The Italian system requires drug companies to go through approvals at a national level with the Italian Medicines Agency (AIFA), only to then confront the country’s 21 regional authorities who independently manage the budget for territorial pharmaceutical expenditure and evaluate regional access. According to many industry stakeholders, this lengthy process results in varying levels of patient access across Italy’s regions and a lag with respect to the country’s European counterparts, although the country’s National Recovery and Resilience Plan aims to address some of these issues.


Italy’s Fragmented System

“In Italy market access discussions happen on a national level with the Italian Medicines Agency (AIFA), which takes care of pricing, reimbursement, and regulations. Italy’s particularity lies in regionalisation because there are 21 regions and each one of them drives its own healthcare system. This means that a national decision could be worked on differently by each region, which can lead to delays in patient access and also differences in patient access between the regions,” says Paivi Kerkola, country manager, managing director, president at Pfizer.

Many industry stakeholders complain about the complexity of this fragmented process: “[Even if] we have received a partial innovative status from the Italian Medicines Agency (AIFA), we have had to go through a long process including not only negotiations on a national level for reimbursement and setting of price but also to settle things on a regional level”, says Charles-Henri Bodin, GM at Pierre Fabre.

Others, like Nicoletta Luppi, senior VP & managing director, MSD Italy, make a case for centralisation: “Regions can maintain the responsibility of organising and providing services based on the resources they receive from the national level, but pharmaceutical spending must be centralised, and its governance as well. It is not acceptable that you have or do not have access to innovation depending on the region you live in.”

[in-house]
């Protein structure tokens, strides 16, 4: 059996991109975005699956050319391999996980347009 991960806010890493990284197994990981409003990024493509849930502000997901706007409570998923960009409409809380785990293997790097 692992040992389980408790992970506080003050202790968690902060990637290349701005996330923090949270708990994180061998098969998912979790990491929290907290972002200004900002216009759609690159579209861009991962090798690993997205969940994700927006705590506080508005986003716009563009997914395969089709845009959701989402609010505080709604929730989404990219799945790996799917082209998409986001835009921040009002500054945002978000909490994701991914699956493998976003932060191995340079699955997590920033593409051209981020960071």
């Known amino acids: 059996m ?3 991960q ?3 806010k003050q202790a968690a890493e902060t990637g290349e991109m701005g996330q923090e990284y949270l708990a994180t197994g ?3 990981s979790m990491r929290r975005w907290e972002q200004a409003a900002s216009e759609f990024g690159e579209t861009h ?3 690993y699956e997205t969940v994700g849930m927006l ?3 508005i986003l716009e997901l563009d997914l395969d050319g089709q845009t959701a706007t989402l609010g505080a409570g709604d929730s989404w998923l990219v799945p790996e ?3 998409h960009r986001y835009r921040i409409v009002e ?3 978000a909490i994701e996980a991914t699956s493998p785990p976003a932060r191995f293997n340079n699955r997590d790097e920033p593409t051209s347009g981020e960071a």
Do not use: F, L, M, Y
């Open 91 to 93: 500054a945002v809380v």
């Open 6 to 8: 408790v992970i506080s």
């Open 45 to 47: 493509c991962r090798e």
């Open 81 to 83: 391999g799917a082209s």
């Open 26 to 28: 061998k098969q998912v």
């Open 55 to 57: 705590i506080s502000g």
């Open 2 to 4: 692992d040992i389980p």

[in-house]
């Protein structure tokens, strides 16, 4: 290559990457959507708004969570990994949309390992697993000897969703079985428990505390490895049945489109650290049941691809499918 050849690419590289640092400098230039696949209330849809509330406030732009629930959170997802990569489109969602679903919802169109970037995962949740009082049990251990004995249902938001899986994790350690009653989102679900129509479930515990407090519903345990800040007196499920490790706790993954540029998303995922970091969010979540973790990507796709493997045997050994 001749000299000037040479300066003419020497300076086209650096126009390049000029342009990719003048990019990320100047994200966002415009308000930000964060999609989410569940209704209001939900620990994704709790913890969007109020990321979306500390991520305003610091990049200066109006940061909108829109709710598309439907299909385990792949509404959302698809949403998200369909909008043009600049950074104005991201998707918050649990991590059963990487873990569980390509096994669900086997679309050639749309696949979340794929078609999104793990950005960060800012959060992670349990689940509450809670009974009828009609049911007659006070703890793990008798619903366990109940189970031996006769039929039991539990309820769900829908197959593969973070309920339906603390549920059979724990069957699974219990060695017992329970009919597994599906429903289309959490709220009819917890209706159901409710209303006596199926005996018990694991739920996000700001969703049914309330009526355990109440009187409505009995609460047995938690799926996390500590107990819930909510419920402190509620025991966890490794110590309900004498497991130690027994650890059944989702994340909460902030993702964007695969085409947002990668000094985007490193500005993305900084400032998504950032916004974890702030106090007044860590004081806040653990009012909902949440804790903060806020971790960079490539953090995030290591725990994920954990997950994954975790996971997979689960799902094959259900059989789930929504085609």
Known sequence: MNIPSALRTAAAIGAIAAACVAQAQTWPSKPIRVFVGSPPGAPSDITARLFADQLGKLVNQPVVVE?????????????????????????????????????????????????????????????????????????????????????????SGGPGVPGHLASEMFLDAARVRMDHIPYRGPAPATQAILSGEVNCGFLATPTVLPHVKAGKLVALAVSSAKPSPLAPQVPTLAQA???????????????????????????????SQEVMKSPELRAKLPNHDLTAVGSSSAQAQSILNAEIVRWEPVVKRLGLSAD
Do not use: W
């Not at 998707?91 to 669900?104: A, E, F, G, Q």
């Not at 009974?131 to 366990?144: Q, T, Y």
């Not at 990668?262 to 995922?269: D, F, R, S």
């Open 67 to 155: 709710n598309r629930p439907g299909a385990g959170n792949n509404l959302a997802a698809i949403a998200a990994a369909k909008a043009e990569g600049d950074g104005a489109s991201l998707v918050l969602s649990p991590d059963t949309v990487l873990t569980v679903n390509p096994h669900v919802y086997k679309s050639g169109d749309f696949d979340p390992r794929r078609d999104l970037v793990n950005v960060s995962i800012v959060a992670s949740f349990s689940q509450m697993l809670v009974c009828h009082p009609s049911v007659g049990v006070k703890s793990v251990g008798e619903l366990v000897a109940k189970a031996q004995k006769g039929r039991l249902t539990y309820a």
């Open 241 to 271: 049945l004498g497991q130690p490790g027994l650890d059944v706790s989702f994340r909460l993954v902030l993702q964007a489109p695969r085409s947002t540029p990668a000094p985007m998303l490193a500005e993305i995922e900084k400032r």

At the same time, AIFA, the national regulatory body, claims that it is making an effort to introduce more consistent barometers across the country: “AIFA has always favoured innovation and, in this context, has defined specific criteria with the aim of guaranteeing quick access to medicines. The goal is to harmonize the criteria in our national territory,” says Giorgio Palú, president of AIFA.


Focus, Shape, Enable

Pharma execs argue that because Italy’s multi-tiered procedure slows market access down, Italian patients often get medicines well after patients in other European countries. According to EFPIA Patients W.A.I.T. Indicator 2021 Survey from IQVIA, Italy is behind at least 12 other European countries with respect to time to availability.

“This process takes a very long time; after approval from the European Medicines Agency (EMA), it takes about a year and a half to get reimbursement at the national level. That means that for a year and a half, patients are waiting to get their medicines while the same medicines are already available in other European markets,” Soren Giese, general manager at Amgen bemoans.

The National Recovery and Resilience Plan is seen by many as an incentive to contend with these access issues and local authorities seem confident that it will help to address disparities: “The aim of that plan is to bridge the gap between territorial inequalities and offer greater integration between regional health services through innovative solutions,” says Domenico Mantoan, GM of AGENAS, the Italian National Agency for Regional Health Services.

“The expectation is that future provisions and legislation will acknowledge the industry’s request for new governance for the pharma sector, thereby ensuring that the best treatment options reach Italian patients equally. Different stakeholders must come together with a vision to reform the system and guarantee equal access; I cannot think of a reason why this cannot be done,” says Huzur Devletsah, president & GM Italy, Central Eastern Europe, Russia/CIS & Israel at Eli Lilly.

Yet with Italy’s current political uncertainty, there are still challenges ahead: “With respect to drug approvals in Italy, we are in a changing environment because of the new government that will come into effect in October. Submitting a dossier these days with this level of uncertainty is not easy,” says Tiziana Mele, managing director of Lundbeck Italy.